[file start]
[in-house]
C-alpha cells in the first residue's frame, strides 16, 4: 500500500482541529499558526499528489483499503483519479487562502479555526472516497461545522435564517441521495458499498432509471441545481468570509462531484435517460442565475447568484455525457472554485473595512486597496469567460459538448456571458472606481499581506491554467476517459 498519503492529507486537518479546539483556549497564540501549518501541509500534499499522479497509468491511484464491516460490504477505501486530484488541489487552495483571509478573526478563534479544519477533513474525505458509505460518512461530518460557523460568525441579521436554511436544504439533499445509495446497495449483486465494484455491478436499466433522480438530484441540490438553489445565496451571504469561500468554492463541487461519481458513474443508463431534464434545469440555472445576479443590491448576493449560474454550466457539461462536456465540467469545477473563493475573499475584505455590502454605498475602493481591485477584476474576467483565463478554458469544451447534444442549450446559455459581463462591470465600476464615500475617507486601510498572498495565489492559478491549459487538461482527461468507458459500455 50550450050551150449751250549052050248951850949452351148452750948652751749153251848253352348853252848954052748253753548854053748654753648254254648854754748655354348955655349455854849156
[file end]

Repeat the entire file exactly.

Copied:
[in-house]
C-alpha cells in the first residue's frame, strides 16, 4: 500500500482541529499558526499528489483499503483519479487562502479555526472516497461545522435564517441521495458499498432509471441545481468570509462531484435517460442565475447568484455525457472554485473595512486597496469567460459538448456571458472606481499581506491554467476517459 498519503492529507486537518479546539483556549497564540501549518501541509500534499499522479497509468491511484464491516460490504477505501486530484488541489487552495483571509478573526478563534479544519477533513474525505458509505460518512461530518460557523460568525441579521436554511436544504439533499445509495446497495449483486465494484455491478436499466433522480438530484441540490438553489445565496451571504469561500468554492463541487461519481458513474443508463431534464434545469440555472445576479443590491448576493449560474454550466457539461462536456465540467469545477473563493475573499475584505455590502454605498475602493481591485477584476474576467483565463478554458469544451447534444442549450446559455459581463462591470465600476464615500475617507486601510498572498495565489492559478491549459487538461482527461468507458459500455 50550450050551150449751250549052050248951850949452351148452750948652751749153251848253352348853252848954052748253753548854053748654753648254254648854754748655354348955655349455854849156